In the last two weeks, the highlights for the markets were the monetary policy meetings, first of the European Central Bank (ECB) and then, on Thursday, of the US Federal Reserve (Fed). Once the investors have digested the messages from the two institutions, and if the corporate results season has not yet started (it will start in mid-October), this week the most important data to highlight is publication of inflation figures for September in the euro. zone.
As every month, the different economies of the eurozone will publish their inflation data on Thursday and, a day later, it is the turn of the aggregate for the entire region. In this case, expectations indicate that the moderate increase in inflation that has been going on for months will continue, with a new drop in the inflationary rhythm to 4.8% year-on-year in September, compared to 5.3% in the first month.
The case of Spain is the opposite: on Thursday the figures for the same month will be known, but in this case the forecasts point to growth above the level of August: an increase of 3.1% year -year is expected, compared to the previous 2.4%.
The underlying inflation data (excluding energy prices and the latest components of the basket) in the euro zone is one of the keys on this occasion, as it shows a resistance to fall which is more difficult than expected in recent months. From the manager MFS Investment Management they explain how “the picture of inflation is different for the main economies. In the United States, although inflation has increased, it seems to continue to be sticky, especially when the share of the services and the real estate sector,” they pointed out.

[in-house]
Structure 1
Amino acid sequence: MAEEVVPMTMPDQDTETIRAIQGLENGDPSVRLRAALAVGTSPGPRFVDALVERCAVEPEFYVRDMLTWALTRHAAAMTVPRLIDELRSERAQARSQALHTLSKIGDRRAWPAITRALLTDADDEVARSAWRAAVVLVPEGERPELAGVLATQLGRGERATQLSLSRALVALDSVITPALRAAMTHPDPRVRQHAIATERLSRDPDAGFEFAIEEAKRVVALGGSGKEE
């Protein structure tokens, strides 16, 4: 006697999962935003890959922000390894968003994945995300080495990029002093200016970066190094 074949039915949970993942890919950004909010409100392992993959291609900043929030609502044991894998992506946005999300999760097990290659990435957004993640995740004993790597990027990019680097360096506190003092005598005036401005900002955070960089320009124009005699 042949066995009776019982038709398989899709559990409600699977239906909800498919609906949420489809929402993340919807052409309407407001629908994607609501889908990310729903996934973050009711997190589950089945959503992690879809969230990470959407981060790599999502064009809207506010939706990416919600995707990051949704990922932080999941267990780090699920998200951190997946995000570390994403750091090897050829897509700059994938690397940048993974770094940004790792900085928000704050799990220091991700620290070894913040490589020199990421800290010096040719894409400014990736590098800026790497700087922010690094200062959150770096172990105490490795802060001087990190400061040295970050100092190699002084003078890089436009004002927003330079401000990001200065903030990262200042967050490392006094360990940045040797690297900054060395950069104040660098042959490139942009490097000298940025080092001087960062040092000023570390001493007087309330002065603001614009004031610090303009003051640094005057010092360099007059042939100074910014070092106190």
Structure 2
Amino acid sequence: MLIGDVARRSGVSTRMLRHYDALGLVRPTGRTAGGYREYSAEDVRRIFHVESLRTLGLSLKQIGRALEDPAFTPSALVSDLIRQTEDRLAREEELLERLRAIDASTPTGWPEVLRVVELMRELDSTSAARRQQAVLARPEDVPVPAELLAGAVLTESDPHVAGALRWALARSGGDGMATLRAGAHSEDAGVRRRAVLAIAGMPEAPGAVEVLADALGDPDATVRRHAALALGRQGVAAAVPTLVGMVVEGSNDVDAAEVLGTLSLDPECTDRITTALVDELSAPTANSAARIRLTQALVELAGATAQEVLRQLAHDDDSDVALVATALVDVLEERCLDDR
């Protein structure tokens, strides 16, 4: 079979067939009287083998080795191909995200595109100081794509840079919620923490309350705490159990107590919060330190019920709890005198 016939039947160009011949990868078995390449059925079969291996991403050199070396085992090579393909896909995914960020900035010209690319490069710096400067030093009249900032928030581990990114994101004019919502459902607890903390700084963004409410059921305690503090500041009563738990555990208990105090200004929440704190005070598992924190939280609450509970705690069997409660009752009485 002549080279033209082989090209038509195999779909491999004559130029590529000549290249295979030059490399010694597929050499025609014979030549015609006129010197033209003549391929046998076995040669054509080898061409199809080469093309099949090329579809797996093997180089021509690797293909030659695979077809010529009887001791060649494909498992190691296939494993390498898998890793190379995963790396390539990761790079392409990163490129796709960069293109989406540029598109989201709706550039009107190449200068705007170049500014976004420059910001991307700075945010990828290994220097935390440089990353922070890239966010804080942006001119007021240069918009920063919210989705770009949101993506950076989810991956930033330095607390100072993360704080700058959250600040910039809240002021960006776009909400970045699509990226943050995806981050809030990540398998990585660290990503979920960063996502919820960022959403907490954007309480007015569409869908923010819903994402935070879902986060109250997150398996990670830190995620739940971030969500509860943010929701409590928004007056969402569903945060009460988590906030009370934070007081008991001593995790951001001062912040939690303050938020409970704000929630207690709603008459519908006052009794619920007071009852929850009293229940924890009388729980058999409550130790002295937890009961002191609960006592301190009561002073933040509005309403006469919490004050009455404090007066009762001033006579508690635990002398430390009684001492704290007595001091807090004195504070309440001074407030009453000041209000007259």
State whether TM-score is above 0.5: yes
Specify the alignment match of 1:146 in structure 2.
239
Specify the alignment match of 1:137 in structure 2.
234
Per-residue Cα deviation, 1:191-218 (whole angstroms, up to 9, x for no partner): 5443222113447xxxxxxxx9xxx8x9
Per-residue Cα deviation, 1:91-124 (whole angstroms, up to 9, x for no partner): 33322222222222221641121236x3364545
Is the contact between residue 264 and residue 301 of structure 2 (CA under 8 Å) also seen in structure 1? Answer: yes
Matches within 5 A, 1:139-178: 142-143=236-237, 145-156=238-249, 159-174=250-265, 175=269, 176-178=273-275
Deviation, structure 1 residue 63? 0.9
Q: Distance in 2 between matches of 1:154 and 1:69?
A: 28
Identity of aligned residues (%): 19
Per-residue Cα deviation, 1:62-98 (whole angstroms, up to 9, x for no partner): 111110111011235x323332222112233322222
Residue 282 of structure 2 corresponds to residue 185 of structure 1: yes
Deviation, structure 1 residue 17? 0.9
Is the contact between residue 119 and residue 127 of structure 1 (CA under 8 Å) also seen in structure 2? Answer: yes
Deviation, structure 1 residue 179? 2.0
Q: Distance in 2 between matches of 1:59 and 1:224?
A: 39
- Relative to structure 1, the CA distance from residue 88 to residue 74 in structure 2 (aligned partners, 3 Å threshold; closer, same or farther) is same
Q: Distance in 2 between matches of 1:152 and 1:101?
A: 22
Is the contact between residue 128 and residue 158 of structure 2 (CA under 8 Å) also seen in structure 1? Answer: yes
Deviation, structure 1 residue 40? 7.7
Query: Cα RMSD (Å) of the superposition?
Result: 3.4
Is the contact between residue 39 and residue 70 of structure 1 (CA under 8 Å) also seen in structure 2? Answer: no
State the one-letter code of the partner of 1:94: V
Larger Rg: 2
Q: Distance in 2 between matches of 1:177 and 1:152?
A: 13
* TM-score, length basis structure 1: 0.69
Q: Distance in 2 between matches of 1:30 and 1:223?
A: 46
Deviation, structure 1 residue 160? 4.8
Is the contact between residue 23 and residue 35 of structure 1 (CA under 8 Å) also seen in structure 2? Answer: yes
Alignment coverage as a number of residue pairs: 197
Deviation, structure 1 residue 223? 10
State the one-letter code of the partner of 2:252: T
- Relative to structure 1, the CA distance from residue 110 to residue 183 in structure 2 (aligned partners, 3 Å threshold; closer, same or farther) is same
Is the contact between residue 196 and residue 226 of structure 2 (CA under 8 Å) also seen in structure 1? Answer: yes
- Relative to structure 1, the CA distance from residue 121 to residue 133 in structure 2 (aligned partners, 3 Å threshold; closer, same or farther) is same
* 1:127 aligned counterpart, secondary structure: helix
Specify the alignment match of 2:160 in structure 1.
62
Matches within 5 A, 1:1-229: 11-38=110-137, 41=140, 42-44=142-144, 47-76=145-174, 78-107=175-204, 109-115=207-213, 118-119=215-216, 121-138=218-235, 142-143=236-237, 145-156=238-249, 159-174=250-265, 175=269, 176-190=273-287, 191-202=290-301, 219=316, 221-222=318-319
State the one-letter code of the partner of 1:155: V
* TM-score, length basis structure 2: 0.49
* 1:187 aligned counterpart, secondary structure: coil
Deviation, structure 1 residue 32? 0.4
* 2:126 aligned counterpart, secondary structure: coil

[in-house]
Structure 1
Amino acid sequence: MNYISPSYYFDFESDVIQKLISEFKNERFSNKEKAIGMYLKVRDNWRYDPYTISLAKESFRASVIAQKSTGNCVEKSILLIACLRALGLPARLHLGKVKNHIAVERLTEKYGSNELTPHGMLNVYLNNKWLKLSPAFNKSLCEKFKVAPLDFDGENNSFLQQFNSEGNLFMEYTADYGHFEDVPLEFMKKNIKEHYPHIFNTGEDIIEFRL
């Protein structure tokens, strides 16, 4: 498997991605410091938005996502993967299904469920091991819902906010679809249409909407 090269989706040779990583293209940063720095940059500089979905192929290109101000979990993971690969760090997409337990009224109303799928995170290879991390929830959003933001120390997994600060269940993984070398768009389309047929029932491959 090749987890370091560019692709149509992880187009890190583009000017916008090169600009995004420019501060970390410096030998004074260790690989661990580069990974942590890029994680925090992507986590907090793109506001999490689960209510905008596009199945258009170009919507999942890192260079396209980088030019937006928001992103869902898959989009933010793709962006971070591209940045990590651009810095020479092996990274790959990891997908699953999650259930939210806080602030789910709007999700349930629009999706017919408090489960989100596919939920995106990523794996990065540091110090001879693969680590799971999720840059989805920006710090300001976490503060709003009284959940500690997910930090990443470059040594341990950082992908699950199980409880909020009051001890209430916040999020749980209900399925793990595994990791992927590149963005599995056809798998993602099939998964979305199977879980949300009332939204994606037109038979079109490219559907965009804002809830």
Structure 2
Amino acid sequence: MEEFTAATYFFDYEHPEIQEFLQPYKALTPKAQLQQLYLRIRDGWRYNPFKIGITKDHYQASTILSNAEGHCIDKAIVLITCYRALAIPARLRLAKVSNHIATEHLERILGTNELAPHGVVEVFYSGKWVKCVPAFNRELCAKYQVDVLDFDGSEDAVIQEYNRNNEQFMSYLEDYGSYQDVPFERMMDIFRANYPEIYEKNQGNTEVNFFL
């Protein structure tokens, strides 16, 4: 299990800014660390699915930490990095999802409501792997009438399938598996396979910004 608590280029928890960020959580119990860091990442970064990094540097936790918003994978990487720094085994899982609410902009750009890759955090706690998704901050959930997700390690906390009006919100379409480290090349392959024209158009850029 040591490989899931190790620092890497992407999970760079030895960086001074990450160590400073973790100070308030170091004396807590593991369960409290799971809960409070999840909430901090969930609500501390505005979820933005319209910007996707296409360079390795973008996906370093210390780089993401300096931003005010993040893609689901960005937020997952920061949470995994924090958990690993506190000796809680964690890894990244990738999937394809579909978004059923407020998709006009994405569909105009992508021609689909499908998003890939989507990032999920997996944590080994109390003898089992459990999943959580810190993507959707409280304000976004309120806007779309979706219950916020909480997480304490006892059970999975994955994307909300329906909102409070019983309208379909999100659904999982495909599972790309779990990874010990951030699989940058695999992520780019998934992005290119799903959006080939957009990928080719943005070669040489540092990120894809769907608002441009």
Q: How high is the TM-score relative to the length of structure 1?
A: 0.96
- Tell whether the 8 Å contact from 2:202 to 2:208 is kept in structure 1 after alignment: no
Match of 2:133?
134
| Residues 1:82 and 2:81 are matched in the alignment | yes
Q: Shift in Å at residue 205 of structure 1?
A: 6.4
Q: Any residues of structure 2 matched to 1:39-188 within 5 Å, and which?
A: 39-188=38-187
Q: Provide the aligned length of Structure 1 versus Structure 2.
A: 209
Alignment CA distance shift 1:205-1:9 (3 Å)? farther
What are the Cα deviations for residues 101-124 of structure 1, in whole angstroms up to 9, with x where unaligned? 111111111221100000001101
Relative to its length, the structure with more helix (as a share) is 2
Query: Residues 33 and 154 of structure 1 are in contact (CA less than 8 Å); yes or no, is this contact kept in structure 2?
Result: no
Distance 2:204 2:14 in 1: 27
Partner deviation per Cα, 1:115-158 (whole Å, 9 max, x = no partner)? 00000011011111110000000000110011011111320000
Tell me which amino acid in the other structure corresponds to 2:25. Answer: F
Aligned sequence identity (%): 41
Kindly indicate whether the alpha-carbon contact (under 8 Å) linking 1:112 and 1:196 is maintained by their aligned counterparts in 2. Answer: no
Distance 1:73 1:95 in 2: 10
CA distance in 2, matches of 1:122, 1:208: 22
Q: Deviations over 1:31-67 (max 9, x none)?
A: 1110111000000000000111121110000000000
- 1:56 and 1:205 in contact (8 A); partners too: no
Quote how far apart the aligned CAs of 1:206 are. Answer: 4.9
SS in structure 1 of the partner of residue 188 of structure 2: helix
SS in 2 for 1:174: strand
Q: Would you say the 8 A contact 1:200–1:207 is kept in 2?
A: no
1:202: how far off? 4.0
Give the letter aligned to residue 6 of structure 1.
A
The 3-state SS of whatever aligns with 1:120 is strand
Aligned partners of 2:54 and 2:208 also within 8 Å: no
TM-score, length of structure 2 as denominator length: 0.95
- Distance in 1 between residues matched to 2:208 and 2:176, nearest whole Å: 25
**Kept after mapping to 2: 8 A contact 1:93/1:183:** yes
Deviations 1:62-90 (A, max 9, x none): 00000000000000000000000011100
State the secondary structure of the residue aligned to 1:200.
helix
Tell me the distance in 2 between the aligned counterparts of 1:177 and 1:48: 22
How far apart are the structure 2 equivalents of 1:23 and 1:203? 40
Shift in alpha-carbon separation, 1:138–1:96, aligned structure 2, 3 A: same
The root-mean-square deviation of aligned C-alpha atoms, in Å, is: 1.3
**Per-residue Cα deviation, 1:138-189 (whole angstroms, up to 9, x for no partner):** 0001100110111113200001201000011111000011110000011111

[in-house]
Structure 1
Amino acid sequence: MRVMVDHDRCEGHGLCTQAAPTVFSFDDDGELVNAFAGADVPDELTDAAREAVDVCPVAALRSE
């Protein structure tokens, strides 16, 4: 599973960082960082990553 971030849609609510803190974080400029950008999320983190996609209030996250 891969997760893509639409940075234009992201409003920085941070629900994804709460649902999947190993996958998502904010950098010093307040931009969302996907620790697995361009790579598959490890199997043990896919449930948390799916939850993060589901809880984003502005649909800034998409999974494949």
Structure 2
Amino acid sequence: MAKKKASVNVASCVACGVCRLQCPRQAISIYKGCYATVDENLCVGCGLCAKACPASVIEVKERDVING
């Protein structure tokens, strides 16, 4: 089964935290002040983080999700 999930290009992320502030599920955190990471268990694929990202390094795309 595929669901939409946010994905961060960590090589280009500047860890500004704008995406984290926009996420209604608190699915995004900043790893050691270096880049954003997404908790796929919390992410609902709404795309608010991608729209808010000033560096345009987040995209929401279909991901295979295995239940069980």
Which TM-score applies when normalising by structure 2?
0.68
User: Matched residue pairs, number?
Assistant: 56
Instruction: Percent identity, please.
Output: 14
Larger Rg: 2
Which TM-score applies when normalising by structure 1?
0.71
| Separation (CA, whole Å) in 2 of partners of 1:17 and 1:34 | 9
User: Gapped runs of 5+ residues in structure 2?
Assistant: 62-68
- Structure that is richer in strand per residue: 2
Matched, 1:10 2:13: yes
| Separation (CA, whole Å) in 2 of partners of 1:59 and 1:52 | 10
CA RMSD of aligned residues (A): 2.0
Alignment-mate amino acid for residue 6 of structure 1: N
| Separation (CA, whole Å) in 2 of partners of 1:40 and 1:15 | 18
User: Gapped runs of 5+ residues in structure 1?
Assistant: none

“In Europe, on the other hand,” they continued, “we have not yet seen the inflation ceiling in the underlying basket. Moreover, the latest data continue to show an upward trend in this indicator, something that worried and explained that the “ECB continues to push its monetary policy to a more aggressive stance,” they pointed out.
In fact, concerns about the macroeconomic situation have shifted from the United States to Europe. The changes in the macro view of the ECB and the Fed make it clear: for the euro zone, the organization led by Christine Lagarde cut the expected growth for the next year from 1.5% to 1%, to At the same time, the inflation estimate increased by two tenths, for 2023 and 2024, increasing the fear that the region will enter a state of stagflation.
In contrast, the Fed increased its US GDP growth estimate, from 1% to 2.1% in 2023, and from 1.1% to 1.5% next year, leaving it virtually unchanged.
Review of GDP and money supply
Apart from the European inflation data, next week there are events marked on the calendar that should also be kept an eye on. The change, on Thursday, in the GDP data for the second quarter of the US is one of them, and analysts expect the data to increase from 2.1% to 2.3%, removing fears of recession .
A day earlier, on Tuesday, the aggregate monetary supply data for the euro zone for September, known as M3, will be published and is expected to show a deterioration of -1.1%, a historical record for a month , compared to – 0.4% in August. This is an important indicator followed by the ECB to assess the liquidity available to the European economy, and its fall confirms the continuation of the slowdown in economic growth in the region.